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Brace Yourselves for the Big Flood! Thai Provinces on High Alert as Major Reservoirs Overflow – Is Your Home in Danger?

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Be prepared for potential flood situations in geographical locations situated below large reservoirs within the North, Northeast, and Central Plains, warns the Office of National Water Resources. The imminent danger spans from Thursday to Wednesday next week, primarily resulting from the reservoirs already surpassing their maximum storage limits, leading to enhanced discharge rates. The current situation as of Tuesday reveals a perilous scenario where nine major reservoirs have breached their upper rule curves, i.e., specific storage or void space to be preserved in a reservoir throughout different seasons.

The areas prone to being affected by extreme discharge encompass:

  • In the North:
    • Mae Ngat Somboon Chon reservoir, nestled in the Chiang Mai province.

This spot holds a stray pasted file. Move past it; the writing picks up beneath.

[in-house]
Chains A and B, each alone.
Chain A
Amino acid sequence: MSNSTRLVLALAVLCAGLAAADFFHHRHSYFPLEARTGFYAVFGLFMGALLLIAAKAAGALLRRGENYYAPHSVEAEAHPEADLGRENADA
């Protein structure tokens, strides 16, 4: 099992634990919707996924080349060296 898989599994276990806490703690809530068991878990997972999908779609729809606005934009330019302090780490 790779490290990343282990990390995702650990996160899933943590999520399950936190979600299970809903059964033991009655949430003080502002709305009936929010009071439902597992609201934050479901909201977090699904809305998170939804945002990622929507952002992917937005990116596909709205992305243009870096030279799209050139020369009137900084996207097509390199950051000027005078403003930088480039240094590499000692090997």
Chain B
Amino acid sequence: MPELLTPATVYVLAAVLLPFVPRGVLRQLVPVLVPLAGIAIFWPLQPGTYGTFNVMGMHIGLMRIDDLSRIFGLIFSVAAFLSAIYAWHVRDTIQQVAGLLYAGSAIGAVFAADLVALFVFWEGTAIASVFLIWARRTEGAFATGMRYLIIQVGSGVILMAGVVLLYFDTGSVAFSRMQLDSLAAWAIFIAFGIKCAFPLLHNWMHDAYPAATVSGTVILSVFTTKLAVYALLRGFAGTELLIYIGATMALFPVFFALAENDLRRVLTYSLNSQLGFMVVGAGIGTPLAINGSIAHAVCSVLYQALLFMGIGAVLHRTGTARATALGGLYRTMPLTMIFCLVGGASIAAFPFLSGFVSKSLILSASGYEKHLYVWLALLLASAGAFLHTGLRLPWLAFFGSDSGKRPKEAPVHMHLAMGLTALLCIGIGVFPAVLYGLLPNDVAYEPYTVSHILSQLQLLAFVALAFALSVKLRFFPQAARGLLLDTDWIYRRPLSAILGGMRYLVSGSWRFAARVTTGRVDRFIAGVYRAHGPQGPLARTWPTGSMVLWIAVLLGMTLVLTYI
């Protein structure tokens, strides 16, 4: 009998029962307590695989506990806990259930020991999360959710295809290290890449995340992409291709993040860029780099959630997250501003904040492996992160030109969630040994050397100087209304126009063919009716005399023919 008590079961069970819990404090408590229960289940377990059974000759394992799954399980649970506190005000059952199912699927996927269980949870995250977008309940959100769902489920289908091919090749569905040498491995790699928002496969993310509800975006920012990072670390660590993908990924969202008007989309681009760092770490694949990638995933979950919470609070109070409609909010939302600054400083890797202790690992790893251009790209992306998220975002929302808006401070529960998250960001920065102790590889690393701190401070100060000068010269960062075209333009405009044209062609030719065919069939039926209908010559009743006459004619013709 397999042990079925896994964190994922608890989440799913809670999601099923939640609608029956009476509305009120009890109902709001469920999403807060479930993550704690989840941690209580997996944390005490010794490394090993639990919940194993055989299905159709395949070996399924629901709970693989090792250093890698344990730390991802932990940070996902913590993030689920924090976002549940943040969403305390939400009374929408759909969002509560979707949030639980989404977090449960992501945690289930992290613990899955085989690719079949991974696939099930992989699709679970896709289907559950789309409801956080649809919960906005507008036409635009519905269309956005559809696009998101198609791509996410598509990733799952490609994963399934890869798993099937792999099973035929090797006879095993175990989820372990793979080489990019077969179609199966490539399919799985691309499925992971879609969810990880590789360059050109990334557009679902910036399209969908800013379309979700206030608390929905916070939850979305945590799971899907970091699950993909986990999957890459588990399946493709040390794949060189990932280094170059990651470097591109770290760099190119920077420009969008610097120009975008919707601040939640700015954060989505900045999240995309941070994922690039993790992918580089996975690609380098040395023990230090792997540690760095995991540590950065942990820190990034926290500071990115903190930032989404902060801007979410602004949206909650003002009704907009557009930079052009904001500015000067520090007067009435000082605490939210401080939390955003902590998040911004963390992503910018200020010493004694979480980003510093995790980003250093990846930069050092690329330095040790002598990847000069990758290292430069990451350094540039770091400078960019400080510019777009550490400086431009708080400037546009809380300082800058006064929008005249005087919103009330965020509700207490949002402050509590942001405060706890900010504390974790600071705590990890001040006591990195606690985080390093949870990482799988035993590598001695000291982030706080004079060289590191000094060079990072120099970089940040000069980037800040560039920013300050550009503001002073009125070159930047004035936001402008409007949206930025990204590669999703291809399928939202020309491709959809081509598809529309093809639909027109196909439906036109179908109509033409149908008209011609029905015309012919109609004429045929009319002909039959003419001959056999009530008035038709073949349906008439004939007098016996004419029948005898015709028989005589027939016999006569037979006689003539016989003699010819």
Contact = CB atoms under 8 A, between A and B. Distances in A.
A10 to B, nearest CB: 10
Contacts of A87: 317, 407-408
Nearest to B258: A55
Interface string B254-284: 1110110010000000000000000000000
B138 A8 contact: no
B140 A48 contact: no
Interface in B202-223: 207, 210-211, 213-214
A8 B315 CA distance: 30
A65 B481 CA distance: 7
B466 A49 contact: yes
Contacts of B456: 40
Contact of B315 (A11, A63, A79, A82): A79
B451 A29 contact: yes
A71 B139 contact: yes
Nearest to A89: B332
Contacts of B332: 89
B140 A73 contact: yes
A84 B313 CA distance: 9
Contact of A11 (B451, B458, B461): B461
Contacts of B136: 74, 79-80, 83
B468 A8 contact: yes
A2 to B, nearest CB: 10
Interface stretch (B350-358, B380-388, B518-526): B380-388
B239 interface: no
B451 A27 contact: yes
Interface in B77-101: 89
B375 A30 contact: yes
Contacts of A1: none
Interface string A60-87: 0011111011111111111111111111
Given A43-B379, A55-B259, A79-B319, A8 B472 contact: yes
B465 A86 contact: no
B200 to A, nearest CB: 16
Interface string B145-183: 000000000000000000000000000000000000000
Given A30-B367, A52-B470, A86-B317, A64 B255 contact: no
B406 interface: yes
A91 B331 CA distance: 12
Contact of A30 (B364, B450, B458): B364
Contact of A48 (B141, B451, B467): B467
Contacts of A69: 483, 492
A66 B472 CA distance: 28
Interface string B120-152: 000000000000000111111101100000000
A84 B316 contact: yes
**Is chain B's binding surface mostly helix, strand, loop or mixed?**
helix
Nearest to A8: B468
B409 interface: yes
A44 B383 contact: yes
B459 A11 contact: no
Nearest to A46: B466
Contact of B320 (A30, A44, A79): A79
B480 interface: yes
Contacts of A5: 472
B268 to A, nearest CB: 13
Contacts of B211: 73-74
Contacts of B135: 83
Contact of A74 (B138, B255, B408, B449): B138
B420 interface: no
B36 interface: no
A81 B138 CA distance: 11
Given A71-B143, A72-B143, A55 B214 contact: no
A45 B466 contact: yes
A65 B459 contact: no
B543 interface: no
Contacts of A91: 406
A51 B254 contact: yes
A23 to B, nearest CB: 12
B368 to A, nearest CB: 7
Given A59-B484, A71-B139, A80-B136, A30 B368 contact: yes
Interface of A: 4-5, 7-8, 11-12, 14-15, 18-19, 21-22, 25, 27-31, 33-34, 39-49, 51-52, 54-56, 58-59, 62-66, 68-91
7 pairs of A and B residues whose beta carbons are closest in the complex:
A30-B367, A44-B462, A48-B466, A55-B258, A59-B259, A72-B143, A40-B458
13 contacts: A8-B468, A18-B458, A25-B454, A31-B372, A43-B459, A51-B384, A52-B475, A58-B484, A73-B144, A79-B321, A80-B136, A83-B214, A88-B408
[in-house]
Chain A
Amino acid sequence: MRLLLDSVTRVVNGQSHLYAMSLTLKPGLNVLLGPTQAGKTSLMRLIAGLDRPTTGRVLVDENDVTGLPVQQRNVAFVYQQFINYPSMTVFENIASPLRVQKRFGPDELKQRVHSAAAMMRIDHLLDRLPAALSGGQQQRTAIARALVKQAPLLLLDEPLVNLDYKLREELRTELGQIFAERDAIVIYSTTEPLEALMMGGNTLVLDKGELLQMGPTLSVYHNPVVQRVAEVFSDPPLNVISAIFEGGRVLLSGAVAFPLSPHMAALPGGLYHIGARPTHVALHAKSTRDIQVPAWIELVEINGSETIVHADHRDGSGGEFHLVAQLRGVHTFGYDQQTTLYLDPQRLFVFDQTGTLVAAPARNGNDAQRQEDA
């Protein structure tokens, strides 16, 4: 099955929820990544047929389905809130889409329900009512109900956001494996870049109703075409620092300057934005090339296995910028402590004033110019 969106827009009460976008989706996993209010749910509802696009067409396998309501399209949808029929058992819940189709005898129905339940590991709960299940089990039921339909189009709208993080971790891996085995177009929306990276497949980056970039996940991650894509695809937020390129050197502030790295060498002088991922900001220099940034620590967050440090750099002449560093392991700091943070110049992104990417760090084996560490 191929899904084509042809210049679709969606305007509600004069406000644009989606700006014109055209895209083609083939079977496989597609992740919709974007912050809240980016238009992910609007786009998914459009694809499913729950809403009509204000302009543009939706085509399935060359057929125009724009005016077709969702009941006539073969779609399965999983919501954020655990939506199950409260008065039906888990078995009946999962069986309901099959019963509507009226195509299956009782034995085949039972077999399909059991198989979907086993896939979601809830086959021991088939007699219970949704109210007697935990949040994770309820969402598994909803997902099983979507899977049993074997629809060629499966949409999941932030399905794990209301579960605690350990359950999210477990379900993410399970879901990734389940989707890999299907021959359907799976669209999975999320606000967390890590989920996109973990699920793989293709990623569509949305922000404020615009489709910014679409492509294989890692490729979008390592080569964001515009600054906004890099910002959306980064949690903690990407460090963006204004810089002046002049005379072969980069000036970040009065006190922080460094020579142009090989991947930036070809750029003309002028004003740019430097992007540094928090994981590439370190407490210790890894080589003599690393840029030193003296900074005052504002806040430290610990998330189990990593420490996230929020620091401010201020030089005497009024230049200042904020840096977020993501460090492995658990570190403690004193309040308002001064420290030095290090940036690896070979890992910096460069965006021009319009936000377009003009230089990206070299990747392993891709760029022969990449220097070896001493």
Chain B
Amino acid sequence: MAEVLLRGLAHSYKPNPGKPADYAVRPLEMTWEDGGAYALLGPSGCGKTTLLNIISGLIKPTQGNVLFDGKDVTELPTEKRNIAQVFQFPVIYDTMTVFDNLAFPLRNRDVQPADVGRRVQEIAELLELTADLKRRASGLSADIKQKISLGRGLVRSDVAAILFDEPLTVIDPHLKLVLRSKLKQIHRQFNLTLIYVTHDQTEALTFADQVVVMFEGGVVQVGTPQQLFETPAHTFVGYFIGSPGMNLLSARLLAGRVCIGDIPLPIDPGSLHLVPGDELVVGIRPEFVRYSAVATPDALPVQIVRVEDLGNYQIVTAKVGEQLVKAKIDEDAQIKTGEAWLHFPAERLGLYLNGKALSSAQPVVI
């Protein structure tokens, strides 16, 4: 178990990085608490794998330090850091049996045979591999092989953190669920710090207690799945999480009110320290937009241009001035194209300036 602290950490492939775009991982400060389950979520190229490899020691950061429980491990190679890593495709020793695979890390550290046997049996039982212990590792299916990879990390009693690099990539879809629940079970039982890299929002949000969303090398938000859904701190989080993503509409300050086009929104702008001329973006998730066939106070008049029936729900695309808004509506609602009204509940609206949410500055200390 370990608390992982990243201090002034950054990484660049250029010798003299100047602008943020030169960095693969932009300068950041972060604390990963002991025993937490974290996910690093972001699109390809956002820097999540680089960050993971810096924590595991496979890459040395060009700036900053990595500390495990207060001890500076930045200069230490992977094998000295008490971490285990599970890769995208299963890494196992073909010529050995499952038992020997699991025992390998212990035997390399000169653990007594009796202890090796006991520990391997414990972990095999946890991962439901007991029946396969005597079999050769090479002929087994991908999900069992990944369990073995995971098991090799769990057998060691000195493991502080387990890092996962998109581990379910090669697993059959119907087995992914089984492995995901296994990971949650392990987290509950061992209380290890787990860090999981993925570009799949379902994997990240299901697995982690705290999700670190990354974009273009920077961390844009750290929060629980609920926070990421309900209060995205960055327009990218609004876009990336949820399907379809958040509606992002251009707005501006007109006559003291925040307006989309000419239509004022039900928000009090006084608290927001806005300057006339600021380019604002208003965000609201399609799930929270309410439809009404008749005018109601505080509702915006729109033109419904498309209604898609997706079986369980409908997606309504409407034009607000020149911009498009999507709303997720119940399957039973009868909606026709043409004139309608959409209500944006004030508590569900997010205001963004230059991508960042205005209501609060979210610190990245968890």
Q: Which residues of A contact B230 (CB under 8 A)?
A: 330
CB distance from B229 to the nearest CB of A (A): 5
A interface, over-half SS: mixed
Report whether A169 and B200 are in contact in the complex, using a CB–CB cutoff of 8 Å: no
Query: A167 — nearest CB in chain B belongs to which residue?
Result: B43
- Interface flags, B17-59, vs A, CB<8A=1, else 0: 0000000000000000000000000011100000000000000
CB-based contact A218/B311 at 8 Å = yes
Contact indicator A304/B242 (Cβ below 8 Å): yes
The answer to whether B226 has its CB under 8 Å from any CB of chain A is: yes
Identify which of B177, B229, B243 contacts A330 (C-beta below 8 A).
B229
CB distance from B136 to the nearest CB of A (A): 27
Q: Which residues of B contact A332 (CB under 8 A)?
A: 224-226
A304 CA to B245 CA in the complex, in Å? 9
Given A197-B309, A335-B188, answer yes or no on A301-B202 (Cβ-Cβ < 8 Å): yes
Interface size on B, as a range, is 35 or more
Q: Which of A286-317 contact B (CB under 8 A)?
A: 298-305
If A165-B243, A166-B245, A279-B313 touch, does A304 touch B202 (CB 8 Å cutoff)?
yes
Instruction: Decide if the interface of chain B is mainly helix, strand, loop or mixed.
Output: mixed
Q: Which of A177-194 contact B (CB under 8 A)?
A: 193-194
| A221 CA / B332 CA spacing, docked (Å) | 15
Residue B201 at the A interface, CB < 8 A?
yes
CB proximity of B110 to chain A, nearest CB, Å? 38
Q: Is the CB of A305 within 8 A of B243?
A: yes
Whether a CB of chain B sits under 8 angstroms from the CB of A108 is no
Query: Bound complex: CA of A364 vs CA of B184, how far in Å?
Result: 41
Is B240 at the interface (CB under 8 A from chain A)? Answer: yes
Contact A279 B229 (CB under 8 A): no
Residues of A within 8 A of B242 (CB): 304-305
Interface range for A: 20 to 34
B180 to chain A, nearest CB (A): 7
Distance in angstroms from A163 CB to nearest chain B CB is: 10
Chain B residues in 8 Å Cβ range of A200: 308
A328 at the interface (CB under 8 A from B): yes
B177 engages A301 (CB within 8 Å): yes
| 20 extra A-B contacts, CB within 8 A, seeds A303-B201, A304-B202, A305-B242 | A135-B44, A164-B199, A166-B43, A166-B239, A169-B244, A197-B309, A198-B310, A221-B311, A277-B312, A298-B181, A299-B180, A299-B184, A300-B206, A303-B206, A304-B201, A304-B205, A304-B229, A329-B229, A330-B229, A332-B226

• Kiew Lom and Mae Mok reservoir situated in Lampang.
  • In the Northeast:
    • Huai Luang reservoir located in Udon Thani.
    • Nam Pung and Nong Han reservoirs in Sakon Nakhon.
    • Ubol Ratana reservoir in Khon Kaen.
    • Lampao reservoir in Kalasin.
  • In the Central Plain:
    • Khun Dan Prakan Chon reservoir located in Nakhon Nayok.

The Office of National Water Resources predicts persistent rainfall up to Thursday, leading to potential flooding in regions positioned lower than the reservoirs from Thursday to the ensuing Wednesday. More so, they have raised an alarm about a high risk of flooding in Phichit, Phitsanulok, Roi Et, Sukhothai, and Ubon Ratchathani provinces.

The Deputy Prime Minister, Somsak Thepsutin, on Tuesday voiced his concern for areas situated below the Chao Phraya barrage dam in the Chai Nat province. The dam is set to discharge water exceeding 1,500 cubic metres per second, a rate substantially higher than its typical rate of 1,400 cu/m per second.

In the Petchabun province, residing in the north, the Pa Sak River has unfortunately overflown into most parts of the Lom Sak district. Deputy provincial governor Chatchawal Benchasiriwong attributed the widespread flooding in Lom Sak to runoff from the Lom Kao district combined with an overflow from the Huai Khon Kaen reservoir situated in Lom Sak itself. On a slightly positive note, the governor affirmed the floodwater is estimated to drain off within a period of two to four days, provided there is no more rainfall.

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